Thornton’s memoir appears intended for a general audience. This is underscored by the accessibility of Thornton’s writing and the way that her book is organised in short chapters. In writing her memoir, Thornton has acknowledged that her son, Harold, helped to pinpoint some of the more precise details of her life. Thornton has also drawn on the transcript of her oral history interview with Henderson and Dever. In 2012, Henderson and Dever completed a project that involved placing Thornton’s personal papers in the National Library of Australia. They were motivated by a desire to ensure that Australia’s second wave feminist movement could be located in the archive and that researchers could access the accounts of activists who participated in this movement. Thornton’s personal papers, and the transcript of Thornton’s oral history interview, were intended to be released to the Library upon the completion of Bringing the fight. Read in this context, Thornton’s memoir offers an important contribution to a specialist’s understanding of second wave feminism in Brisbane and Thornton’s personal reflections and observations provide additional context to her archived material. In particular, her recollection of the 1971 nation-wide anti-apartheid demonstrations—which coincided with South Africa’s rugby tour of Australia—provides an important perspective on the unique impact that Joh Bjelke-Petersen’s state government had on social movements in Brisbane. While there was a high number of arrests in Sydney and Melbourne, a heavy police presence and the declaration of a state of emergency by Bjelke-Petersen were distinctive to the demonstration in Brisbane. Thornton’s account demonstrates how a protest in Brisbane could quickly turn from a ‘fun’ demonstration of dressing up as a witch and casting spells and hexes on antagonistic ‘rabble-rousers’, into a frightening experience of police brutality.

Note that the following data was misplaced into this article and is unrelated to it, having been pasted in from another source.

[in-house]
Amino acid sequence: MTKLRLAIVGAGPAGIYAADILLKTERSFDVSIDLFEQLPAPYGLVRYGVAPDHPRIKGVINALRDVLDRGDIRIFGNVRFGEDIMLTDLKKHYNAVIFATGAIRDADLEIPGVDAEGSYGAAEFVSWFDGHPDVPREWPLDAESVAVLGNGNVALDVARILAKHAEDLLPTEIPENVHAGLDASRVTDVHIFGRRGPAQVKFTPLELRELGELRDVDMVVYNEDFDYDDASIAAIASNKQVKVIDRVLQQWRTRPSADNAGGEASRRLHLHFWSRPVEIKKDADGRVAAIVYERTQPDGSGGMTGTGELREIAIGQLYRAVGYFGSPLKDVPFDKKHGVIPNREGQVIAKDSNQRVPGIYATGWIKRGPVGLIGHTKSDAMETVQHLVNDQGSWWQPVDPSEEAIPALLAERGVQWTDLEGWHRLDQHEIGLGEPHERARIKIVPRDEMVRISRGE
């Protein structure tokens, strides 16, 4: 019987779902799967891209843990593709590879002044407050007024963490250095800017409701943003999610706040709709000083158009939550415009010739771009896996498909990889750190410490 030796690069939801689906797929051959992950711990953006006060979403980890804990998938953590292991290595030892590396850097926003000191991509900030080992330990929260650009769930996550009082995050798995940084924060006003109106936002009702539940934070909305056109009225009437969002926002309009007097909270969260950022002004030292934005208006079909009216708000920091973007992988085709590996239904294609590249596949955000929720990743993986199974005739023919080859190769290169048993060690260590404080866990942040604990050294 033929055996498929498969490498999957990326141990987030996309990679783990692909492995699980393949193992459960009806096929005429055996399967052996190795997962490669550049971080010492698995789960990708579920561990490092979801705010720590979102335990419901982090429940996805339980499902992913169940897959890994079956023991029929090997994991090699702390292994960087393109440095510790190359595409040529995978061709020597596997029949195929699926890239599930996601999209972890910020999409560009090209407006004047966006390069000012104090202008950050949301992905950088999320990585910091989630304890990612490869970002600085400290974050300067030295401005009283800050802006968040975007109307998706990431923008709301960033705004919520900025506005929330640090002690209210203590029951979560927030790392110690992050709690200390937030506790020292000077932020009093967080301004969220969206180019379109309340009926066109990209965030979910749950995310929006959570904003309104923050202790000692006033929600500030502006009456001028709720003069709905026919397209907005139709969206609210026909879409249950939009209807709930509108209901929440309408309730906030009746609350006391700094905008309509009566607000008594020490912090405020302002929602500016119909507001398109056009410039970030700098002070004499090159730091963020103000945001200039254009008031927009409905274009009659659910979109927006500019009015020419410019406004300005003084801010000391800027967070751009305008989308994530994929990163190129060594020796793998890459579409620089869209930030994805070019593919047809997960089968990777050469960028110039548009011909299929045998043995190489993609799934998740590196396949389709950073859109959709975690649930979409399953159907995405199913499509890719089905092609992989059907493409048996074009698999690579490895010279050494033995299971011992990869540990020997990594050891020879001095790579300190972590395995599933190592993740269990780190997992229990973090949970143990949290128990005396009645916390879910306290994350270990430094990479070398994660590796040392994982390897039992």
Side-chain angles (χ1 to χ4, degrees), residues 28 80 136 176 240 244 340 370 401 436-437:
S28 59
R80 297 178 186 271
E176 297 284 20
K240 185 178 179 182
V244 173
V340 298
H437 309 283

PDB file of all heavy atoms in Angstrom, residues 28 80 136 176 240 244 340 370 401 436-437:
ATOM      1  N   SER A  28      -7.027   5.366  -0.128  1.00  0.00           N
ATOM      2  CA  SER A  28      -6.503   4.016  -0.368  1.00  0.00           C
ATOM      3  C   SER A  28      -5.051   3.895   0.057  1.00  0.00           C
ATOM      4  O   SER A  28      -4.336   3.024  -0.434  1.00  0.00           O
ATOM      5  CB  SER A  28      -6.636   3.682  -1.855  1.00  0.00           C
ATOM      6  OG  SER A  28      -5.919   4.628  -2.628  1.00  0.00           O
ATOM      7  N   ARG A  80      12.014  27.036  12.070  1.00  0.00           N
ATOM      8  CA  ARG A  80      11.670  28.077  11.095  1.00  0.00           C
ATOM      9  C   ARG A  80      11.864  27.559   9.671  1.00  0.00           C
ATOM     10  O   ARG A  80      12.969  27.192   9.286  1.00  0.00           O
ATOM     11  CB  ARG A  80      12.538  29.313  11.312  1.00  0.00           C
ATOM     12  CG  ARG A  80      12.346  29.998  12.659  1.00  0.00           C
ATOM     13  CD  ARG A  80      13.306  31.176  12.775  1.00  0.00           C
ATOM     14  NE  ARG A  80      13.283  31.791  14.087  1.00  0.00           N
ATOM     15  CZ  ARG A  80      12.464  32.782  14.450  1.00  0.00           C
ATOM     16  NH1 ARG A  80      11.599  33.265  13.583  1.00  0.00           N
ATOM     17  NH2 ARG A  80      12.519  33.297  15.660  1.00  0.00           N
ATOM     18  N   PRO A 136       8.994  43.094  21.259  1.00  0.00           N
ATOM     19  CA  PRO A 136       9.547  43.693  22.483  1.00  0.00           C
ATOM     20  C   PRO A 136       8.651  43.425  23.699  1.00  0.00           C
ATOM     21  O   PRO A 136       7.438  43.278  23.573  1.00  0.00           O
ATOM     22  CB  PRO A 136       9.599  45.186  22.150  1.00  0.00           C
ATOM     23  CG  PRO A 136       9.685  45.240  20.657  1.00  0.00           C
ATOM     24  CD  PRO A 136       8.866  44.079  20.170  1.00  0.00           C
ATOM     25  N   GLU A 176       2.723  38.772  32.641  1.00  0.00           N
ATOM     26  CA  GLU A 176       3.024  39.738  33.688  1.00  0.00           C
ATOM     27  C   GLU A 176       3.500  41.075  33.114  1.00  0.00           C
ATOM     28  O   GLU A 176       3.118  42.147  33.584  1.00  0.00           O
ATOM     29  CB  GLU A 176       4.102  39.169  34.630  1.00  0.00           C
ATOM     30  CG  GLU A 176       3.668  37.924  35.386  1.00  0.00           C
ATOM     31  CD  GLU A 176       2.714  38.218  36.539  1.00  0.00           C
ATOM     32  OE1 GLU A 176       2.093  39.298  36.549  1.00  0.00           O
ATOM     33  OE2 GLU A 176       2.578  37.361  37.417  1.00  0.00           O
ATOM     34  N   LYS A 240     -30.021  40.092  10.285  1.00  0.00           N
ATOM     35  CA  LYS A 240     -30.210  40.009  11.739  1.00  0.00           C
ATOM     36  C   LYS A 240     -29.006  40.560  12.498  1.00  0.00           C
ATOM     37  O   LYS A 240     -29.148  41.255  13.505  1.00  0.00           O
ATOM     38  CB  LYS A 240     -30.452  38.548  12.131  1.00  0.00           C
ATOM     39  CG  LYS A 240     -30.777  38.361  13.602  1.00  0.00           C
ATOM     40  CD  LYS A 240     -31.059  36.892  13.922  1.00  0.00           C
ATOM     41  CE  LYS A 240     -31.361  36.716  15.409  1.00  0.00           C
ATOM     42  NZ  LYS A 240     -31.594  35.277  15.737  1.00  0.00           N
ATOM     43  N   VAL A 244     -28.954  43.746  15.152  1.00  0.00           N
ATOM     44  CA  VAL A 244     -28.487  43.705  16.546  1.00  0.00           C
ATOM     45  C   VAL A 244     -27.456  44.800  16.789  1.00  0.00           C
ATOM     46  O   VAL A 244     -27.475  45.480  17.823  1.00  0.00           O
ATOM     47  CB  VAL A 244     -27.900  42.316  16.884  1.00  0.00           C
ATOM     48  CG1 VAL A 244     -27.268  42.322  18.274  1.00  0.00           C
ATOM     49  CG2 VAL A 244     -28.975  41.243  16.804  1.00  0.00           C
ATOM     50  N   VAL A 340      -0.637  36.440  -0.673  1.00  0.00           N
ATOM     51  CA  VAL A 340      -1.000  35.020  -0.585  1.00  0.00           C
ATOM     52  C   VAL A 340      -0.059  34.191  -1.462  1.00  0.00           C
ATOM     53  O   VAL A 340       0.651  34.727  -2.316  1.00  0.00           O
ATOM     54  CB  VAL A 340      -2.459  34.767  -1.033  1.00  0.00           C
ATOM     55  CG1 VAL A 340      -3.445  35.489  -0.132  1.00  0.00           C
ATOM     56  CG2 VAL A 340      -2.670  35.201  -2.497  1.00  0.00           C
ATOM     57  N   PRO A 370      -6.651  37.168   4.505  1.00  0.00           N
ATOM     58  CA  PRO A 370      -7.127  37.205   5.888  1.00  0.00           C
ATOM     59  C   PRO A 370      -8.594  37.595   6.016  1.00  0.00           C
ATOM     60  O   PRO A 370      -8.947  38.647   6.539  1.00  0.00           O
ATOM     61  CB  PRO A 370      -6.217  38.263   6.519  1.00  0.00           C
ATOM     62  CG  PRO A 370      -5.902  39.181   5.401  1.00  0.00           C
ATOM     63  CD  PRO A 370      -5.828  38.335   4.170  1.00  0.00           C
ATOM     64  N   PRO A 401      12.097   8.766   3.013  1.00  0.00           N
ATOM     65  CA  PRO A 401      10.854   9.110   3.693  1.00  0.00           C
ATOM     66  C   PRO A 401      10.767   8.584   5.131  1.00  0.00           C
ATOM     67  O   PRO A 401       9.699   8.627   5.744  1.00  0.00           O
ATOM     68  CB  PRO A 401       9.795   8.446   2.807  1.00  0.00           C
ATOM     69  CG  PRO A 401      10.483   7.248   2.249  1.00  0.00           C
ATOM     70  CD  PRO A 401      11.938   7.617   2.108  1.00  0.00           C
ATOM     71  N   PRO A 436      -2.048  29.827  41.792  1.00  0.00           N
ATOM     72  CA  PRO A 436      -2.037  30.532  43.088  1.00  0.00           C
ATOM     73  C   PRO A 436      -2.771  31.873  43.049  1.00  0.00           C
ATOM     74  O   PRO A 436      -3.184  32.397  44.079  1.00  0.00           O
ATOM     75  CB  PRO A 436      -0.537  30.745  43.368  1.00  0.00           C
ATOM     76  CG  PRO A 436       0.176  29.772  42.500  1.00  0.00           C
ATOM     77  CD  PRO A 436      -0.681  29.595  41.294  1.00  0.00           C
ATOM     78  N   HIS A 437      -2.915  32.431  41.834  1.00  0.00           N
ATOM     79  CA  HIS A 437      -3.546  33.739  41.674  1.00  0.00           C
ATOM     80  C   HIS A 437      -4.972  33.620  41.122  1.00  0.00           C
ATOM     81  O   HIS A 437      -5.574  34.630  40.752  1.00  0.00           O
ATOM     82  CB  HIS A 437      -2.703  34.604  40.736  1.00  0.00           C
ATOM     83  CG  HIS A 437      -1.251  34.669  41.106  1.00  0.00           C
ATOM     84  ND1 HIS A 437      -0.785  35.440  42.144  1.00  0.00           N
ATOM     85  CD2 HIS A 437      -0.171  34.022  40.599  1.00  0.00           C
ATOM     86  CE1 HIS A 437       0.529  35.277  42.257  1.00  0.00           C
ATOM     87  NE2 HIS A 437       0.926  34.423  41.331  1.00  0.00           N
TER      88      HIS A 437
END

Thornton’s memoir begins with her recollections of growing up in Melbourne and Sydney in the 1930s and 1940s. She details memories related to family, religion, education and class. In moving into her early adulthood, Thornton discusses her enjoyment of undergraduate studies, the beginning of her relationship with Neil Thornton and her alignment with libertarianism. Thornton then sheds light on her early employment in public service, her marriage and children, moving to Brisbane, her involvement in Aboriginal rights, her interest in pursuing a postgraduate degree and her experiences in academia. Thornton does not shy away from the gendered discrimination that she experienced in the workplace and the barriers that she faced as a married woman with children. The narrative builds up anticipation to Thornton’s famous chain-in to the Regatta bar with Rosalie Bogner. Thornton and Bogner both recognised that the exclusion of women from the public bar not only infantilised women but that it also prevented women from socialising with their male peers and co-workers, ultimately making it harder for women to advance in their careers. Thornton tipped off the press and the protest subsequently attracted a lot of attention. Not all of this attention was kind or encouraging, as both Thornton and Bogner were subjected to hostile phone calls, and disgruntled letters to the editor were printed in The Age and Courier-Mail. After the Regatta pub protest, Thornton details her work with the Equal Opportunities for Women Association, travelling overseas, further experiences in postgraduate studies and academia, feminist and women’s liberation activism in Brisbane in the seventies, the development of women’s studies, motherhood and her appointment to the National Film and Sound Archive Advisory Committee.
Bringing the fight is a timely and important contribution to our understanding of second wave feminism in Australia. While Thornton is most well-known for her chain-in to the Regatta bar, her memoir demonstrates that her achievements— as a feminist, a libertarian and an academic—are far more extensive. Thornton writes in a way that is both cheeky and endearing; I found the book impossible to put down.